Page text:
86. What was President Roosevelt’s approach to Jewish refugees?
When a resolution was introduced in the U.S. Senate in 1934 expressing “surprise and pain” at Germany’s actions, and asking that Germany restore rights to Jews, the State Department “caused it to be buried in committee.” By 1937 Poland had developed a plan to send Jews to Madagascar, and the Dominican Republic had a plan to accept them as well. Prime Minister Neville Chamberlain of Great Britain came up with a plan to send Germany’s Jews to Tanganyika in East Africa. Representatives of the United States, Britain, and South American nations met at Lake Geneva in July 1938 and all agreed that none of them would accept the Jews. On November 15, 1938, reporters asked President Franklin Roosevelt what could be done. He replied that he would refuse to consider allowing more immigrants than the standard quota system allowed. Bills were introduced in Congress to allow 20,000 Jews under the age of 14 to enter the United States. Senator Robert Wagner (D., N.Y.) said, “Thousands of American families have already expressed their willingness to take refugee children into their homes.” First Lady Eleanor Roosevelt set aside her anti-Semitism to support the legislation, but her husband successfully blocked it for years. In July 1940, Adolf Eichman, “architect of the holocaust,” intended to send all Jews to Madagascar, which now belonged to Germany, France having been occupied. The ships would need to wait only until the British, which now meant Winston Churchill, ended their blockade. That day never came. On November 25, 1940, the French ambassador asked the U.S. Secretary of State to consider accepting German Jewish refugees then in France. On December 21st, the Secretary of State declined. By July 1941, the Nazis had determined that a final solution for the Jews could consist of genocide rather than expulsion.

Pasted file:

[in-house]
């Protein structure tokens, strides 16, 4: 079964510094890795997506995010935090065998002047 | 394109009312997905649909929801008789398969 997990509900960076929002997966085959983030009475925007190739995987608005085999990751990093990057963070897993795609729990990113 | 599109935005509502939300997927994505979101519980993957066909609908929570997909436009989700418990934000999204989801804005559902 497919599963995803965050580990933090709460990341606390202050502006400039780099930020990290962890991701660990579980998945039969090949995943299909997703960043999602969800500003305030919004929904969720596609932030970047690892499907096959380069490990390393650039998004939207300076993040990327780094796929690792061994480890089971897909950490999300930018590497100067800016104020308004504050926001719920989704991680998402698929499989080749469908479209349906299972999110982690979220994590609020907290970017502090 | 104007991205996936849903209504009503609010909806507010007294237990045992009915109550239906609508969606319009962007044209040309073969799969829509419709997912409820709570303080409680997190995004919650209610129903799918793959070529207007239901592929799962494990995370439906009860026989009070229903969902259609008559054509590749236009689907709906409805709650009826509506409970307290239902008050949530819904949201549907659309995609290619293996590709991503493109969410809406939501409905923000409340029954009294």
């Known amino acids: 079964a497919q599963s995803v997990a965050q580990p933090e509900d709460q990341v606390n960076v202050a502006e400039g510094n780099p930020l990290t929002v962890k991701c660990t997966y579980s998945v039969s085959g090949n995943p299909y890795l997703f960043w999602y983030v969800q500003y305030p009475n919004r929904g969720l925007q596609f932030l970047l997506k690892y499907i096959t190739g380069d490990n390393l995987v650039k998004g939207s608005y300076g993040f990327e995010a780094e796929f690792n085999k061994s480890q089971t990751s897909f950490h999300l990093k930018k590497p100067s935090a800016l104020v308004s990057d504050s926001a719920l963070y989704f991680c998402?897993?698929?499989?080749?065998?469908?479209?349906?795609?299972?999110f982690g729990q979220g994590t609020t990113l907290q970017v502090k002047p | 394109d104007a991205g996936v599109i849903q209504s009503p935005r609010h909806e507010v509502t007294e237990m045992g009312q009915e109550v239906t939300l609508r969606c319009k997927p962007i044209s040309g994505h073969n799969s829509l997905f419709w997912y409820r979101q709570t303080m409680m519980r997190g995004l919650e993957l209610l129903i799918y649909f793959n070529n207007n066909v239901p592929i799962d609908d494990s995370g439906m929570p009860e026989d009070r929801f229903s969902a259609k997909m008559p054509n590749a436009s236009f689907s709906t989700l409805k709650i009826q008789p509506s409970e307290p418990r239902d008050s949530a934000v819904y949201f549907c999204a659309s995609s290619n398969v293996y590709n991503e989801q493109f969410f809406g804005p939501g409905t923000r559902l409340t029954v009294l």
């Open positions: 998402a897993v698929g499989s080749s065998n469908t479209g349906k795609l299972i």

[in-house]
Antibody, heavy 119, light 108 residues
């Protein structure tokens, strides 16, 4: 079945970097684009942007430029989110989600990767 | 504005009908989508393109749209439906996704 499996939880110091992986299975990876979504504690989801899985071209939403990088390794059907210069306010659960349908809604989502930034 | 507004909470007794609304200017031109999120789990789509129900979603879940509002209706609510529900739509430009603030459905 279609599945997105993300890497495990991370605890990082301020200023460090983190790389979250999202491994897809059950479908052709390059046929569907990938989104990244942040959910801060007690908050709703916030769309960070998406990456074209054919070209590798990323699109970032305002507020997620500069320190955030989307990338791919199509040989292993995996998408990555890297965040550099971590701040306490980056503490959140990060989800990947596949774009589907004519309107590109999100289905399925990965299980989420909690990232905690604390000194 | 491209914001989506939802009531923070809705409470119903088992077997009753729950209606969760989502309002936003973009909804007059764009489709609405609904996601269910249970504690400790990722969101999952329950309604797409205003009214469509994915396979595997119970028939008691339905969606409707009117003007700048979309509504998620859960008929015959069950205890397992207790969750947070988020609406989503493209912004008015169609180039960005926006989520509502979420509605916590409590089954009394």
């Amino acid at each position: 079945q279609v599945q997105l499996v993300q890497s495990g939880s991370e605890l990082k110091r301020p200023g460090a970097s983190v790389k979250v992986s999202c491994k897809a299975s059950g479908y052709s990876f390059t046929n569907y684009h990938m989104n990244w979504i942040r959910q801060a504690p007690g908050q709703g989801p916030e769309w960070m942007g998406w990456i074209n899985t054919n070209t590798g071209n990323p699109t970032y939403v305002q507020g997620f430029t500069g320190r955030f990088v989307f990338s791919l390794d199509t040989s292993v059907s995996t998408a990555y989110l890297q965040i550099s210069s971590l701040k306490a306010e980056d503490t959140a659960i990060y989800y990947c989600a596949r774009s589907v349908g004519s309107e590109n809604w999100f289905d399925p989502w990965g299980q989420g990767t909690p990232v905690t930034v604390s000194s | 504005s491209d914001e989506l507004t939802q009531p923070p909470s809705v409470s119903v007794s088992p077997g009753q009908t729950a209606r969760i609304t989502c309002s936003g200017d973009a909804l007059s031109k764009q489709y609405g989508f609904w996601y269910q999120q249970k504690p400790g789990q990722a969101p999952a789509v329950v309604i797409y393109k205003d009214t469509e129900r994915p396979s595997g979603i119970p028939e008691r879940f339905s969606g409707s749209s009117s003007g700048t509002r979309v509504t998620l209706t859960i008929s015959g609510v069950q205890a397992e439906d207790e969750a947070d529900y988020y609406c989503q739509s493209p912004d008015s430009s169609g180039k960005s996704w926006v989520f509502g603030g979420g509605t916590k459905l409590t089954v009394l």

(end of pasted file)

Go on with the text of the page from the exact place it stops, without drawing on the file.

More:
87. What percentage of World War II propaganda posters in the United States included mention of the need to rescue Jews?
88. Why did the New York Times downplay the story of the holocaust?
It buried its reporting on the holocaust and on the treatment of Jews in Germany on back pages of the paper. The paper later admitted to this awful failure. A column in the New York Times explained:
“This reticence has been a subject of extensive scholarly inquiry and also much speculation and condemnation. Critics have blamed ‘self-hating Jews’ and ‘anti-Zionists’ among the paper’s owners and staff. Defenders have cited the sketchiness of much information about the death camps in Eastern Europe and also the inability of prewar generations to fully comprehend the industrial gassing of millions of innocents — a machinery of death not yet exposed by those chilling mounds of Jews’ bones, hair, shoes, rings. No single explanation seems to suffice for what was surely the century’s bitterest journalistic failure. The Times, like most media of that era, fervently embraced the wartime policies of the American and British governments, both of which strongly resisted proposals to rescue Jews or to offer them haven. After a decade of economic depression, both governments had political reasons to discourage immigration and diplomatic reasons to refuse Jewish settlements in regions like Palestine.